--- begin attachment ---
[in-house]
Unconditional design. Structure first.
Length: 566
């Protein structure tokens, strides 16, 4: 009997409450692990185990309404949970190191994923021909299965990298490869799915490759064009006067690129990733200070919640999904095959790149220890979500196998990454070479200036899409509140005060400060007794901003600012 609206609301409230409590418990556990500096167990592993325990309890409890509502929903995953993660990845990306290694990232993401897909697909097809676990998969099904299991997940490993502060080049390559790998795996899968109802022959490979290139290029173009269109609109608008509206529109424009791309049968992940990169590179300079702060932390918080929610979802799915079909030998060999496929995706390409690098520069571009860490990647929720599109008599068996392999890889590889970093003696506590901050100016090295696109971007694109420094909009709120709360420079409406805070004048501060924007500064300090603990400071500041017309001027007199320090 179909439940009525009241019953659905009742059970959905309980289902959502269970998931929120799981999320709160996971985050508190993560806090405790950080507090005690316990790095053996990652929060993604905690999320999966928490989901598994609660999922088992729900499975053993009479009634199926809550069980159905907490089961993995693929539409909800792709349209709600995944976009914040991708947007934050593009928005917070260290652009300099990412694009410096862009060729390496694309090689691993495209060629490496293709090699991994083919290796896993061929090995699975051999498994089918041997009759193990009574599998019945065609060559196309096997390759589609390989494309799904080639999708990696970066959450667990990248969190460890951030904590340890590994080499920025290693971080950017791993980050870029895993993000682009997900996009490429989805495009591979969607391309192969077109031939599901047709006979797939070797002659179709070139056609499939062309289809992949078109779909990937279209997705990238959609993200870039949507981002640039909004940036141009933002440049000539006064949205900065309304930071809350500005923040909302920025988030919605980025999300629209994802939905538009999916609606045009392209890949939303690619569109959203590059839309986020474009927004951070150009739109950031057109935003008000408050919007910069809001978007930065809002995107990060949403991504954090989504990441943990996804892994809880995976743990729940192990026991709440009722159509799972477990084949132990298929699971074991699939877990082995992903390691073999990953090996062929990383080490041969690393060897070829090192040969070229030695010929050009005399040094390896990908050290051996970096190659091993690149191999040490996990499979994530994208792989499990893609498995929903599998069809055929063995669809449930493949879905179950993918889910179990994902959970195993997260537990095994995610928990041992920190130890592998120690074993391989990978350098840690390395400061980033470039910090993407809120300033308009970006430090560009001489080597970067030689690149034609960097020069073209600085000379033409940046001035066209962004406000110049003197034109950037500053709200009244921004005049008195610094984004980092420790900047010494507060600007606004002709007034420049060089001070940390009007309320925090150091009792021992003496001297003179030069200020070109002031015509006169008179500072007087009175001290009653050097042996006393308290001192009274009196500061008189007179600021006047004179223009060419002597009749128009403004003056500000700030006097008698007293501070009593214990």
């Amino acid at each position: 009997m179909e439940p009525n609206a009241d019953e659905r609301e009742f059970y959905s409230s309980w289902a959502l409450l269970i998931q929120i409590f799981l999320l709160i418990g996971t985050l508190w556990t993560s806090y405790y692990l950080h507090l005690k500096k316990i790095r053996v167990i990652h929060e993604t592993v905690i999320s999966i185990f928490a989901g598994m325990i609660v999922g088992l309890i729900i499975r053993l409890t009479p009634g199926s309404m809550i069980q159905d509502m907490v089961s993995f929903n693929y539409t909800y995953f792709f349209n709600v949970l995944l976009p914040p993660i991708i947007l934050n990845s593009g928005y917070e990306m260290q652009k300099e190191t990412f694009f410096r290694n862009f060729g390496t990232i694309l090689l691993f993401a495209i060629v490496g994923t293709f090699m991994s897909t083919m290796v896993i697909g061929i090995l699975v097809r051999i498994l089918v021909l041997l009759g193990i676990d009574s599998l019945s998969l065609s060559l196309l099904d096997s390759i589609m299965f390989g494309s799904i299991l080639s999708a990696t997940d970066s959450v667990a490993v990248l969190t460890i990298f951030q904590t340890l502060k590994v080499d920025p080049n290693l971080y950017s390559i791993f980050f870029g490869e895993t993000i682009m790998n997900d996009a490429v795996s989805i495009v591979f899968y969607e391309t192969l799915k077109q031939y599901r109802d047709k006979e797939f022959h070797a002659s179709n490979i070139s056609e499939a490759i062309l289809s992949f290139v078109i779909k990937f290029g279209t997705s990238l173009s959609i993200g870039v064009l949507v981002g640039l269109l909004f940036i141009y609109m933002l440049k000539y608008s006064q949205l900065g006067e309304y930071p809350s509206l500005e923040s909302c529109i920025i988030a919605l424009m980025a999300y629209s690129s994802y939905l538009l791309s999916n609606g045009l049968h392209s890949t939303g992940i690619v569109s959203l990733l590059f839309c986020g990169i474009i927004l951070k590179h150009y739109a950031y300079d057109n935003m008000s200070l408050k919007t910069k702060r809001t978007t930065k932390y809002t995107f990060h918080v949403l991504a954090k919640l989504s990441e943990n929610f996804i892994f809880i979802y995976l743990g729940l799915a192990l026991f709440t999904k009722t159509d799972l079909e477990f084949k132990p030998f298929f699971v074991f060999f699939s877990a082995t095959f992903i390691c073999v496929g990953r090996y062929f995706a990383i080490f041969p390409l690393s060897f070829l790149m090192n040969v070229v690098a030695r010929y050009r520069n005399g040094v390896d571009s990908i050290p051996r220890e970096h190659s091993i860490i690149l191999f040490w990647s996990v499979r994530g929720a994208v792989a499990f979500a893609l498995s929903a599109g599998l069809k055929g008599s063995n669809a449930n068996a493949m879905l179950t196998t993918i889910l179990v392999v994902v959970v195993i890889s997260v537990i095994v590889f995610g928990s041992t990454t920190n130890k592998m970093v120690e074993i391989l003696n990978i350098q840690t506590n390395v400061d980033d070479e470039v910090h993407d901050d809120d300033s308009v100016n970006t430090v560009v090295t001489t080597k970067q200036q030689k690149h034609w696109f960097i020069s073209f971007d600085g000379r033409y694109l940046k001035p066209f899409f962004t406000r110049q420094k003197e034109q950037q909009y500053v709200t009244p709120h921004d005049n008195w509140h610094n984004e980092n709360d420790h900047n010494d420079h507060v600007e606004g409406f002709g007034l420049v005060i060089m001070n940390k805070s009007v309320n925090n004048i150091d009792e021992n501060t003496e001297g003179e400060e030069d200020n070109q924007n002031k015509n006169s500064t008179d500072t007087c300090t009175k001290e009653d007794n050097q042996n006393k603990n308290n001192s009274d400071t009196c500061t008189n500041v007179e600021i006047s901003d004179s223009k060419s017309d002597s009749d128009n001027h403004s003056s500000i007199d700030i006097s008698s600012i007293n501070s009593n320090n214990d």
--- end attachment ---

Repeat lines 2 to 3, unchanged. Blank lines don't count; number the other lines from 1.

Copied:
Unconditional design. Structure first.
Length: 566